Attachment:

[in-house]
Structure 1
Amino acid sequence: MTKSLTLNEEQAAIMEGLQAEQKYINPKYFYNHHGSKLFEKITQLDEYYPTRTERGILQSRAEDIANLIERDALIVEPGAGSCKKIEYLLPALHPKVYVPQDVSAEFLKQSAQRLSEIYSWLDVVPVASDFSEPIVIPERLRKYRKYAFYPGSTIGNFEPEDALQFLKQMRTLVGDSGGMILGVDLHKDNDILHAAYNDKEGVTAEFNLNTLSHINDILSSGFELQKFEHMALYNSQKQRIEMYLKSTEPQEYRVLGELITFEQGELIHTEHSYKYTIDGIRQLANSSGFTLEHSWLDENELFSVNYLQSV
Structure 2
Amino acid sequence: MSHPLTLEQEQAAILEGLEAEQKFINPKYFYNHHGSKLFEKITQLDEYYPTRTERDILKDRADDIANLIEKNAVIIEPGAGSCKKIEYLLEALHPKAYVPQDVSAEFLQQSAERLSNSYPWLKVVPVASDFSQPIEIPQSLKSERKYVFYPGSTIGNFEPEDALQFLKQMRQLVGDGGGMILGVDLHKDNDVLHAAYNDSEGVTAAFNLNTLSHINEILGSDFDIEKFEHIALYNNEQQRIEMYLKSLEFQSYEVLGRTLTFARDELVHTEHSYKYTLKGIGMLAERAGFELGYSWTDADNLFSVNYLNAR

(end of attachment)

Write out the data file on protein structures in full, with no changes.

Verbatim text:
[in-house]
Structure 1
Amino acid sequence: MTKSLTLNEEQAAIMEGLQAEQKYINPKYFYNHHGSKLFEKITQLDEYYPTRTERGILQSRAEDIANLIERDALIVEPGAGSCKKIEYLLPALHPKVYVPQDVSAEFLKQSAQRLSEIYSWLDVVPVASDFSEPIVIPERLRKYRKYAFYPGSTIGNFEPEDALQFLKQMRTLVGDSGGMILGVDLHKDNDILHAAYNDKEGVTAEFNLNTLSHINDILSSGFELQKFEHMALYNSQKQRIEMYLKSTEPQEYRVLGELITFEQGELIHTEHSYKYTIDGIRQLANSSGFTLEHSWLDENELFSVNYLQSV
Structure 2
Amino acid sequence: MSHPLTLEQEQAAILEGLEAEQKFINPKYFYNHHGSKLFEKITQLDEYYPTRTERDILKDRADDIANLIEKNAVIIEPGAGSCKKIEYLLEALHPKAYVPQDVSAEFLQQSAERLSNSYPWLKVVPVASDFSQPIEIPQSLKSERKYVFYPGSTIGNFEPEDALQFLKQMRQLVGDGGGMILGVDLHKDNDVLHAAYNDSEGVTAAFNLNTLSHINEILGSDFDIEKFEHIALYNNEQQRIEMYLKSLEFQSYEVLGRTLTFARDELVHTEHSYKYTLKGIGMLAERAGFELGYSWTDADNLFSVNYLNAR